Waymo, the California-based autonomous cars company, which was spun-off by Alphabet Inc (NASDAQ:GOOGL) Google in 2014 as a standalone business, has announced that its Fiat Chrysler Automobiles NV (NYSE:FCAU) Pacifica minivans will be hitting roads by the end of January 2017. Waymo was part of Google’s X Labs projects, before the tech giant decided to make the ambitious startup a standalone business in December 2016. Nonetheless, Waymo works under the umbrella of Alphabet Inc (NASDAQ:GOOGL).
At the North American International Auto Show in Detroit, Waymo’s CEO John Krafcik said that his company made everything in the new self-driving cars by itself cameras, sensors, mapping technology, software and automated driver stacks.
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Tesla Motors Inc (NASDAQ:TSLA) and Alphabet Inc (NASDAQ:GOOGL) are up for tough competition in the self-driving car industry. While Alphabet spun-off Waymo, it still puts its effort, technology and money behind Waymo projects. There is a clear difference between the strategy and technology deployed by Tesla Motors Inc (NASDAQ:TSLA) and Google when it comes to self-driving cars. Tesla believes that adding sensors and cameras and making these devices smart enough to take control and avoid accidents is the way forward, while Alphabet relies on LiDar sensors. Alphabet regularly shares the number of miles covered by its self-driving cars, while Tesla shared an important data back in 2016, claiming that its self-driving fleet had covered over 47 million miles since its start in 2015. This figure dwarfs the total self-driven miles by Google’s cars. Tesla Motors Inc (NASDAQ:TSLA) has around 7000 cars equipped with “autopilot” mode while Alphabet’s Waymo has around 54 self-driving cars.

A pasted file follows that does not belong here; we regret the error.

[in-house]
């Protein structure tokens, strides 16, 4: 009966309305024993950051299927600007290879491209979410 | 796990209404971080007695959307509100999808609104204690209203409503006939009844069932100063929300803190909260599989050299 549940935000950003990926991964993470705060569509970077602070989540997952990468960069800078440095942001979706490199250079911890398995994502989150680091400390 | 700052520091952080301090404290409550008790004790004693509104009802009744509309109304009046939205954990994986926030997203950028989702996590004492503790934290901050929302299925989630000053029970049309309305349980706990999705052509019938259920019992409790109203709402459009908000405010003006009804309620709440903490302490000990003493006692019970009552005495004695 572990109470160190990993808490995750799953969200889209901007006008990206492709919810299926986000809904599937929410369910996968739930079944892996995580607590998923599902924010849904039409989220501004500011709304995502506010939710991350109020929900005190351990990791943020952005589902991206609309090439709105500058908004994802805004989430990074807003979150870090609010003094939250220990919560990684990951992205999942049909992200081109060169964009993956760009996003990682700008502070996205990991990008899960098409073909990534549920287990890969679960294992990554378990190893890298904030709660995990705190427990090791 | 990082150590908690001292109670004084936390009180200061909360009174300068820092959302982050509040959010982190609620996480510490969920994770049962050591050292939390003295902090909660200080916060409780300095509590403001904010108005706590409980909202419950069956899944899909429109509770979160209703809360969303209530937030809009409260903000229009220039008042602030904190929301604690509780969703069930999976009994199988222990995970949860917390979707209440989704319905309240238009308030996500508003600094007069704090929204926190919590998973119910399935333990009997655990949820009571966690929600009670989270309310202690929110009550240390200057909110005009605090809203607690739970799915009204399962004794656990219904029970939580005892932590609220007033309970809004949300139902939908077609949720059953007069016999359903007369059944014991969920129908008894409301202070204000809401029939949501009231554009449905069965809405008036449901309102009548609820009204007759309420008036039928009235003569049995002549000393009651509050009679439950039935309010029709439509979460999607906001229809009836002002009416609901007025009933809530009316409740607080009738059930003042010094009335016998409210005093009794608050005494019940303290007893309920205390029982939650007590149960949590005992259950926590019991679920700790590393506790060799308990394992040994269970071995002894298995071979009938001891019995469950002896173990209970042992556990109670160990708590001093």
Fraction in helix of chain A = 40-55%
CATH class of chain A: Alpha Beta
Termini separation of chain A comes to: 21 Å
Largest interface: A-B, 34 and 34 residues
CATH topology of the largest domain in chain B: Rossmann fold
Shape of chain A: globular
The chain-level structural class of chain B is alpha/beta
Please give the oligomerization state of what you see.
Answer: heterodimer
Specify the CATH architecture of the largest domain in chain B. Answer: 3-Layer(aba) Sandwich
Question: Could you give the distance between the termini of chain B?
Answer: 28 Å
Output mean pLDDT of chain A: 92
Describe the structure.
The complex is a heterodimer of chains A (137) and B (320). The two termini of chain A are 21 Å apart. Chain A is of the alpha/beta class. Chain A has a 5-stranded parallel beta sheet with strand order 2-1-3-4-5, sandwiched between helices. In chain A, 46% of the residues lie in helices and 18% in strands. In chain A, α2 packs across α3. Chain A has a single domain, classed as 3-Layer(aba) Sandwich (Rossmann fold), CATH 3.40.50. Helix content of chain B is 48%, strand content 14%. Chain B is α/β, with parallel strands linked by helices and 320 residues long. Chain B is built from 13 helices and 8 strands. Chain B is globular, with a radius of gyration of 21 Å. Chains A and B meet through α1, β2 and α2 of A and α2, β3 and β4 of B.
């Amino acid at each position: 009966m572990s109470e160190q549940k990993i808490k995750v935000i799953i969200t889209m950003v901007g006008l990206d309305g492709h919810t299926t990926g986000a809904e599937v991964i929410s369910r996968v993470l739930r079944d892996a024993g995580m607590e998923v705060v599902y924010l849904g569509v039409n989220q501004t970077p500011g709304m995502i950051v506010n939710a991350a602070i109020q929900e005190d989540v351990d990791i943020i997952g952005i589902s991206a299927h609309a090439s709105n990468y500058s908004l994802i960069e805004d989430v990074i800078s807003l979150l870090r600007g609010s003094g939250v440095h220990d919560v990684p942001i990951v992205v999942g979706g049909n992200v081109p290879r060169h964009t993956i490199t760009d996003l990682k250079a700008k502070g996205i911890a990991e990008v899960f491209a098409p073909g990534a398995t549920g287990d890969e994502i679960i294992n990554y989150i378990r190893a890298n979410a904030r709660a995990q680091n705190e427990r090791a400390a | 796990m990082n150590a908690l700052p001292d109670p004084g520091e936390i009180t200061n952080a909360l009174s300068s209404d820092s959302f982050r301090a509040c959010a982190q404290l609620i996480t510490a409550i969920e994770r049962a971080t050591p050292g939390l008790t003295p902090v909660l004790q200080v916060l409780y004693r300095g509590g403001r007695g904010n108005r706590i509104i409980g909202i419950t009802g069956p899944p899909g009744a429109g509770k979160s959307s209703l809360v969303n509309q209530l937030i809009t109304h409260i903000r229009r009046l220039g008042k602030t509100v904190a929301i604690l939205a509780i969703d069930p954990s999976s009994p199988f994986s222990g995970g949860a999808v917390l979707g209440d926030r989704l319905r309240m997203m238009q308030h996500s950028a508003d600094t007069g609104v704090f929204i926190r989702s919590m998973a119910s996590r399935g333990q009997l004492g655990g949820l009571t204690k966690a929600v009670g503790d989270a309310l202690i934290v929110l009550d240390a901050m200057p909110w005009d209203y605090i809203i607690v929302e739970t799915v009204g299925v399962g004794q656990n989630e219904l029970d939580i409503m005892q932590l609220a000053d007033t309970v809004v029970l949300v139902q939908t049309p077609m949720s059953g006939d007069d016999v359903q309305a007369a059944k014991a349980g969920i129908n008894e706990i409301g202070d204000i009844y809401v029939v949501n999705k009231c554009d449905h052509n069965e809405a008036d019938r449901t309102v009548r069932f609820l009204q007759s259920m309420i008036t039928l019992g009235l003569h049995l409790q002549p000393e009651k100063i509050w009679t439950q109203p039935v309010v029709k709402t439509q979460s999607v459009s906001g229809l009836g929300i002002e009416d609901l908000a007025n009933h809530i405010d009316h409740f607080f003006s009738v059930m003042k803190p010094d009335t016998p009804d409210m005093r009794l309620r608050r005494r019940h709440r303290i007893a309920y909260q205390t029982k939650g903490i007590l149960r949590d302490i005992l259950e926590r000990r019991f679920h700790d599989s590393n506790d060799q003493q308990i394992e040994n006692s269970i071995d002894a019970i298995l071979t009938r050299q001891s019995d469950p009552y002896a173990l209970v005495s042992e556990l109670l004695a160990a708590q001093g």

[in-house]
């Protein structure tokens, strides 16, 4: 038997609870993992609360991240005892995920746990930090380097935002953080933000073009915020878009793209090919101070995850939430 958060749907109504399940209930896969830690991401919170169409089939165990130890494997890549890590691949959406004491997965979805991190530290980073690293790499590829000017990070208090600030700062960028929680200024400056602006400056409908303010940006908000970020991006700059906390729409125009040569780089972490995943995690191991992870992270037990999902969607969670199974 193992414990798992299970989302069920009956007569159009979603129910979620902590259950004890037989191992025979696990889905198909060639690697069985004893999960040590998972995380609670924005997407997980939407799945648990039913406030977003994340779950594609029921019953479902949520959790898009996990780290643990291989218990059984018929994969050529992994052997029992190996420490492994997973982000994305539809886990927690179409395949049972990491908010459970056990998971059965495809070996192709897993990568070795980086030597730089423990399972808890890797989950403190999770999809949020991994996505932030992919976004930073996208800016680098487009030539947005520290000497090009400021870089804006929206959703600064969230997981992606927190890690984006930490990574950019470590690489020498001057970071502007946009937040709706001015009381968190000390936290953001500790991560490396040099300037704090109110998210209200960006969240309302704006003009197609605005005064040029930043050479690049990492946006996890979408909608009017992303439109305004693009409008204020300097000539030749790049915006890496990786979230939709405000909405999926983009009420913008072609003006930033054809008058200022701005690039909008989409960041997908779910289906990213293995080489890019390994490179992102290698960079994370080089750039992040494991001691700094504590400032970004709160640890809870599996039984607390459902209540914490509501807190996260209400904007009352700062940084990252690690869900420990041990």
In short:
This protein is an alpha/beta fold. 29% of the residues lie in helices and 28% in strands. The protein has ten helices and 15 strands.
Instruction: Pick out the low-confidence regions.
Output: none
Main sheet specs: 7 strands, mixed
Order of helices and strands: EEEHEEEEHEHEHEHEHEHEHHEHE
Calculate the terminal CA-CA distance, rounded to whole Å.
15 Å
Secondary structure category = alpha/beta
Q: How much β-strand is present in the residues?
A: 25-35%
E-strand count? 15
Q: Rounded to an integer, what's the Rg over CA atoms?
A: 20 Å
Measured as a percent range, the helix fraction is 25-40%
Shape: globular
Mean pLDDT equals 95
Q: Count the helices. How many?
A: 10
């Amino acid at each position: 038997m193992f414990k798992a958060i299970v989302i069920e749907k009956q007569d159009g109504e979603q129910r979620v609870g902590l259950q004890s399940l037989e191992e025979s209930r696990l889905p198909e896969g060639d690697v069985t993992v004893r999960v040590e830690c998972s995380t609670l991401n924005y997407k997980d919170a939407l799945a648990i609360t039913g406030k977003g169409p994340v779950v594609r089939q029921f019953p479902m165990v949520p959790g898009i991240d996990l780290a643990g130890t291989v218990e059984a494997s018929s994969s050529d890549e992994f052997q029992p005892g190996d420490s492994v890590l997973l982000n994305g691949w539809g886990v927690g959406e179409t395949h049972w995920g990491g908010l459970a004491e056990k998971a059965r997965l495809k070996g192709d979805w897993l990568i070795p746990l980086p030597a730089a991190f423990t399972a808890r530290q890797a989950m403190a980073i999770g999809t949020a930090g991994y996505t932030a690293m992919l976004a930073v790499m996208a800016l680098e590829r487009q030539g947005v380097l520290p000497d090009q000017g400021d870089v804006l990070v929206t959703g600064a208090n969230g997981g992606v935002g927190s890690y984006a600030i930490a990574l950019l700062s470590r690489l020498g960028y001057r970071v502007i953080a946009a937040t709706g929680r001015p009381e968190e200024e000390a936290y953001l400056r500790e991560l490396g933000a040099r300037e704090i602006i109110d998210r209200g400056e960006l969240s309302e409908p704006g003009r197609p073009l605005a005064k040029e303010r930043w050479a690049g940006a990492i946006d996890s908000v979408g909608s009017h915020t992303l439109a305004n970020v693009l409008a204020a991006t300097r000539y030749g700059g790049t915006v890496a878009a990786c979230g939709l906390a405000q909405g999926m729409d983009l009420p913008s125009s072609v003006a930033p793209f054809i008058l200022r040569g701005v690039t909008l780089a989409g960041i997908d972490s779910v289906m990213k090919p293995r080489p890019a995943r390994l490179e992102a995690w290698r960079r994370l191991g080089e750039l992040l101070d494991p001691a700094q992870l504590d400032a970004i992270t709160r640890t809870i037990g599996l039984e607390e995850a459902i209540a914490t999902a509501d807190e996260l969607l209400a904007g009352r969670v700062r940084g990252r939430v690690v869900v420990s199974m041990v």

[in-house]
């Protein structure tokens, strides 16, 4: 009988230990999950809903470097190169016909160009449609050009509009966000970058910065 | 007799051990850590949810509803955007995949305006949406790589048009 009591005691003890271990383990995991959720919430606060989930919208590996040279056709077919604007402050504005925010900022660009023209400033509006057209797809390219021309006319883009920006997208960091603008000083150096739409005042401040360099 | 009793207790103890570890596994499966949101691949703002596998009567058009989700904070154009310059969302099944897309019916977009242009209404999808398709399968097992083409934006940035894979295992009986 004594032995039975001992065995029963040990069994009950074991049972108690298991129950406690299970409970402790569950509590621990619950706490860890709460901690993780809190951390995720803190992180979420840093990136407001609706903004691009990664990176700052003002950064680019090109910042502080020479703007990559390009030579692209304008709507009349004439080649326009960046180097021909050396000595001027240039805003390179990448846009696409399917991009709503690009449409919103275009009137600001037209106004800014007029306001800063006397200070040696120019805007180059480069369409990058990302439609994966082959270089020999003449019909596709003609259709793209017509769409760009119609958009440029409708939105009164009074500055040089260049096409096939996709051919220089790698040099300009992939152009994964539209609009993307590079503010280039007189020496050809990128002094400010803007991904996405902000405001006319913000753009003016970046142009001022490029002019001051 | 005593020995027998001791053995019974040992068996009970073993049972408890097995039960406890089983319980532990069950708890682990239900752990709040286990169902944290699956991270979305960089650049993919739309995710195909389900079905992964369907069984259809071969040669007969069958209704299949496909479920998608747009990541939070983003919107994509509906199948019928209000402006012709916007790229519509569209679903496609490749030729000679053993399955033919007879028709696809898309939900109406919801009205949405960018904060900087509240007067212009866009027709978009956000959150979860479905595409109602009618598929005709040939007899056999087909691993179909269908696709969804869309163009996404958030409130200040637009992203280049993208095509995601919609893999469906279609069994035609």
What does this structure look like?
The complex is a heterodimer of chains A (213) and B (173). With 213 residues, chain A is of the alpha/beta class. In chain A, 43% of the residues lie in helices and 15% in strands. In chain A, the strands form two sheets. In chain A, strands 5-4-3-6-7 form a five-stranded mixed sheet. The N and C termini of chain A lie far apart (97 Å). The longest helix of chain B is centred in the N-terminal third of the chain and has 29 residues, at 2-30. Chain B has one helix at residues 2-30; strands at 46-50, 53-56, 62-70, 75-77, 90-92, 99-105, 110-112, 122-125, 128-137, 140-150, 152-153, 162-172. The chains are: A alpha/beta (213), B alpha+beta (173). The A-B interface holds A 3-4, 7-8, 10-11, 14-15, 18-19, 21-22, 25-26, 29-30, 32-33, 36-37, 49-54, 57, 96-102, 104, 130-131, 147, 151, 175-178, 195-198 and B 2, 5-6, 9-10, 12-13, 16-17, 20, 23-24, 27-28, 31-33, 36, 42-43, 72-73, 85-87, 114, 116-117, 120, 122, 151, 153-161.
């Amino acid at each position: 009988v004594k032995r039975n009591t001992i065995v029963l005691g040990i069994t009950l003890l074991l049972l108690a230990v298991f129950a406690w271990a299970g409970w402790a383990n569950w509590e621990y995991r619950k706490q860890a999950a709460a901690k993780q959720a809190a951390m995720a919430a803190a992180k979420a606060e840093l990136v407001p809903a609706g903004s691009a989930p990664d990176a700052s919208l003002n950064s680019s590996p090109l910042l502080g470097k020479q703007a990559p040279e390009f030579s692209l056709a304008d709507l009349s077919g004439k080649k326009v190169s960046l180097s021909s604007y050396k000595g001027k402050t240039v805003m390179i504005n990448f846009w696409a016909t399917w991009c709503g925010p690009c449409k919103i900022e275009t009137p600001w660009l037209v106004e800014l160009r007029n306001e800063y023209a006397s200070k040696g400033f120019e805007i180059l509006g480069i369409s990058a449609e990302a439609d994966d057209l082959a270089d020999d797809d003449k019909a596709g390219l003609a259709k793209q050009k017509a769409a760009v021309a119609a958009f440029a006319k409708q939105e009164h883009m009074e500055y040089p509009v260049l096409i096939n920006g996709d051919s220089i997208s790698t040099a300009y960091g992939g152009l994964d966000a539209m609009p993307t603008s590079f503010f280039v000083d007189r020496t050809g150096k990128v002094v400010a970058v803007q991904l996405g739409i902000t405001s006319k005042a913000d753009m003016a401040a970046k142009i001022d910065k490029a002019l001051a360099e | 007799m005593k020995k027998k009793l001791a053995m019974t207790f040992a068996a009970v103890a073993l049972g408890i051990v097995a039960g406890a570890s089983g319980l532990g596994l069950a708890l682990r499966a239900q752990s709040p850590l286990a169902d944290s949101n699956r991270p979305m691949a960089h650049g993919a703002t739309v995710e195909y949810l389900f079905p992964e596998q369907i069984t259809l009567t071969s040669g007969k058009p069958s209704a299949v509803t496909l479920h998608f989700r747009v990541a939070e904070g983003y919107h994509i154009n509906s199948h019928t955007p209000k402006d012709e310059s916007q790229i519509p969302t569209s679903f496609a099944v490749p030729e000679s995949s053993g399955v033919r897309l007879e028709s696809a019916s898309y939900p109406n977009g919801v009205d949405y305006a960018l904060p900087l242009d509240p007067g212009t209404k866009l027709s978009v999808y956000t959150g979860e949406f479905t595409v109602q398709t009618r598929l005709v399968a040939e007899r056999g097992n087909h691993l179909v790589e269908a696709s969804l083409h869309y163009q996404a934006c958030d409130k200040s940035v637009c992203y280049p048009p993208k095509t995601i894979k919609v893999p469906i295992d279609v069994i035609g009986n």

Google abandoned its plans of producing complete autonomous cars in December 2016. Now, the company wants to focus on making hardware and software technologies for autonomous vehicles. Alphabet also has plans to team up with Fiat to start ride sharing services based on autonomous cars.
But Tesla Motors Inc (NASDAQ:TSLA) is a giant when it comes to self-driving cars and all things automobiles. With highly advanced technologies and heavy investments, Tesla has a clear edge in this battle of ambitions. Tesla’s most popular car, Model S, and Model X have several autopilot features and they are expected to receive incremental updates for self-driving technologies in the coming months. In December 2016, Morgan Stanley noted that Alphabet Inc’s (NASDAQ:GOOGL) decision to spin-off Waymo would bode well for Tesla, as Google is interested in diversifying the autonomous cars technology and give its tech to other companies as well, while Tesla has more ambitious, disruptive plan in the industry. Morgan Stanley’s analyst Adam Jonas thinks that companies mostly prefer to make and develop their own systems in the autonomous car industry. This will be a big negative for Alphabet Inc (NASDAQ:GOOGL) as the company wants to provide its hardware and software solutions to new entrants in the autonomous driving industry.